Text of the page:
Today is Clean Monday, and I would like to wish everyone a beneficial Lent.
Appropriate for the day is a practical address about fasting that Fr. Sergei Sveshnikov gave at the most recent Saint Herman’s Orthodox Youth Conference: “Fasting for Non-Monastics.” Fr. Sergei begins:
A curious phenomenon can be observed in the interactions between pastors and their parishioners at the beginning of each major fast of the Church. Pastors attempt to call their parishioners’ pious attention to the spiritual heights of fasting: the fighting against sin, the conquering of passions, the taming of the tongue, the cultivation of virtues. In turn, parishioners pester their pastors with purely dietary questions: when fish is allowed, whether soy milk or soy hotdogs are fasting, whether adding milk to coffee is breaking the fast, or whether there is some dispensation that can be given to the young, the elderly, those who study, those who work, women, men, travelers, the sick, or those who simply do not feel well. In response to the overwhelming preoccupation with dietary rules to the detriment of the spiritual significance of fasting, some pastors, seemingly out of frustration, began to propose in sermons and internet articles that dietary rules are not important at all: if you want yogurt during Lent, just have some as long as you do not gossip; if you want a hamburger, then eat one, as long as you do not devour a fellow human being by judging and backstabbing. Unfortunately, such advice rarely helps eradicate gossip, judging or backstabbing. Rather, it seems to confuse people into thinking that since they have not yet conquered these and many other vices in their hearts, they do not have to fast from hamburger either. . . .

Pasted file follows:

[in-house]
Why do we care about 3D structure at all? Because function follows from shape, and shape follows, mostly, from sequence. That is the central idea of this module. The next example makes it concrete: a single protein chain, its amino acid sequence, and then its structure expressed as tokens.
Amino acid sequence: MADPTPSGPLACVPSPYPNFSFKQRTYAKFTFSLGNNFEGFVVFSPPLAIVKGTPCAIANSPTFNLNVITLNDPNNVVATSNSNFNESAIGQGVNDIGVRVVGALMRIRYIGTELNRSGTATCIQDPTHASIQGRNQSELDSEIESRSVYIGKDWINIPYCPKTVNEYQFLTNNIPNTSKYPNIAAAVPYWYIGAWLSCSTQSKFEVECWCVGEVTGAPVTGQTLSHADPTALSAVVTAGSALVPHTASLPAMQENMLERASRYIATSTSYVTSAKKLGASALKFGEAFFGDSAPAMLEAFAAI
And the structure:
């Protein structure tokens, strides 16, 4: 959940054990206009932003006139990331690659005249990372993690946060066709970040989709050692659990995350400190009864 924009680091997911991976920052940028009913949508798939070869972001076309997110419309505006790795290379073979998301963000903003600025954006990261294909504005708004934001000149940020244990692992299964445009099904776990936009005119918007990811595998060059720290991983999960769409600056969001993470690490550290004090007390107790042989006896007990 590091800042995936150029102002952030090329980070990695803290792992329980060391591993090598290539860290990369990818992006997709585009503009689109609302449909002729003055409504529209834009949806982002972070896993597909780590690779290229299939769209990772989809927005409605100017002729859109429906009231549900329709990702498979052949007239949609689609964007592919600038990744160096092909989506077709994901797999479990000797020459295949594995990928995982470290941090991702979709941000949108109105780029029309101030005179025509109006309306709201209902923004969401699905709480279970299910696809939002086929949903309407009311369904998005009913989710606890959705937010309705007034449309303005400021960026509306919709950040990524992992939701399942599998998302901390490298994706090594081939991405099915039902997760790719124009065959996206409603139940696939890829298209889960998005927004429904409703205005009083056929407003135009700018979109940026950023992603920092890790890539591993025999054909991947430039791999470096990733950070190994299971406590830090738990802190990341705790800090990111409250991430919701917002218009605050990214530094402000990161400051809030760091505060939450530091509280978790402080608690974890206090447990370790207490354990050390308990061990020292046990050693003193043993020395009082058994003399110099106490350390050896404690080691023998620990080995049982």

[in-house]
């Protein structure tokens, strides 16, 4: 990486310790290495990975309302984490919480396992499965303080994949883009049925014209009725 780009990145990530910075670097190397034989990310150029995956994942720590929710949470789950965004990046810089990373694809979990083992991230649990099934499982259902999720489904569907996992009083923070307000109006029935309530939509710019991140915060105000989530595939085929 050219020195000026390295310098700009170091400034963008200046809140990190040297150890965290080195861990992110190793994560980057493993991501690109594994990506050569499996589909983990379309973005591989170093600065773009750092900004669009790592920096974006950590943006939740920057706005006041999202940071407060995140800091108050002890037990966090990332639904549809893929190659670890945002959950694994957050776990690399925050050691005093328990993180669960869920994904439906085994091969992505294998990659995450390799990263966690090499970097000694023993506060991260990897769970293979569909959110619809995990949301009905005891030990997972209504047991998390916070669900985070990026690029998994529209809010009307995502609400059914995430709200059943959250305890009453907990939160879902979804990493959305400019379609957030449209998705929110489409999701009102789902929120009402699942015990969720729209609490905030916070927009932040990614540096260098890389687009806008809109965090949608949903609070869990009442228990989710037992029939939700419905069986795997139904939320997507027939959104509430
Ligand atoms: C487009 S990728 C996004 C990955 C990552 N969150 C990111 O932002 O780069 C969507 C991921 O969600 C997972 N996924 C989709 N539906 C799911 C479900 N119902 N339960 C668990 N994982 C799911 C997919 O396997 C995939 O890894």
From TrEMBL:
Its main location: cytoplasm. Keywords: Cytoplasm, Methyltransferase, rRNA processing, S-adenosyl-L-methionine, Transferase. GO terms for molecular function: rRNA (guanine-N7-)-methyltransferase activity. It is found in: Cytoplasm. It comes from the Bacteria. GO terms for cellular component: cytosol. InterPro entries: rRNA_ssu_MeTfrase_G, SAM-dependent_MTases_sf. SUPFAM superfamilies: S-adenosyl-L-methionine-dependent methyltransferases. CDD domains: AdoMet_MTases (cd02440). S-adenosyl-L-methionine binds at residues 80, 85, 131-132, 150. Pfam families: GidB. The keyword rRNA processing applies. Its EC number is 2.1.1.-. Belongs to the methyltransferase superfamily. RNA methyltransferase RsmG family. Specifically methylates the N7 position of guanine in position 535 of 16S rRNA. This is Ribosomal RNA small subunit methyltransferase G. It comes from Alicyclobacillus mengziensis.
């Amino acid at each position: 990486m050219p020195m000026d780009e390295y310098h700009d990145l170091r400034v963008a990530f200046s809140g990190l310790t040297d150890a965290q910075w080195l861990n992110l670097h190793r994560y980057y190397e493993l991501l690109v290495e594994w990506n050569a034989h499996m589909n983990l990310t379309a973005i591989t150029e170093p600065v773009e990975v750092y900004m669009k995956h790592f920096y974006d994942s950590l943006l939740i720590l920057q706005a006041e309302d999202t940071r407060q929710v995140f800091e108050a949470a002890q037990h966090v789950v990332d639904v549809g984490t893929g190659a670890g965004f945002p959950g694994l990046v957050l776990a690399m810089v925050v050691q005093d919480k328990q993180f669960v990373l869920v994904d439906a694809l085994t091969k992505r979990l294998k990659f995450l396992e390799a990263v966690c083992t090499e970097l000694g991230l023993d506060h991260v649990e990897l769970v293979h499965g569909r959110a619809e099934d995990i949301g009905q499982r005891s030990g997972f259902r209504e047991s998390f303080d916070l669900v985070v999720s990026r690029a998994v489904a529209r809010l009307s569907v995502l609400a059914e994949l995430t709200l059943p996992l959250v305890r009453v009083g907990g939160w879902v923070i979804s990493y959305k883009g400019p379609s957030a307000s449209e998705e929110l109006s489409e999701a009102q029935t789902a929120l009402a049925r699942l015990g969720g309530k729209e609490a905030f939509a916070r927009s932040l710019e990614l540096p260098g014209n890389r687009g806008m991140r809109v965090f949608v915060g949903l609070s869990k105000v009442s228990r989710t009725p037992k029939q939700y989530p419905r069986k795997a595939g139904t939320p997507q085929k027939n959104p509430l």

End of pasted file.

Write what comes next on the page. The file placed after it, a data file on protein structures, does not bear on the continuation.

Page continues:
Indeed! Spiritualizers who grow impatient with low minded, “fundamentalist” peasant pharisaism end up destroying both the pharisaism that they rightly reprove and the foundational piety required as a condition for the higher spiritual state at which they aim. This process is repeated again and again in the modern world as johnny come lately wise guys move ancient landmarks to reflect their subtler boundaries of truth, but they end up mucking up the field of human toil. Their cures tend to be worse than the ills they seek to treat. So, by all means, do not stop reminding people about the more important aspects of the Church’s discipline, but remember that men are animals with bellies and that ascesis begins with disciplining the beast. To appropriate our fellow Abrahamic friends’ terms: of course, we need to lead people to the inner jihad, but we must keep in mind that slaying pagans where one finds them remains an important practical matter in one’s spiritual struggle.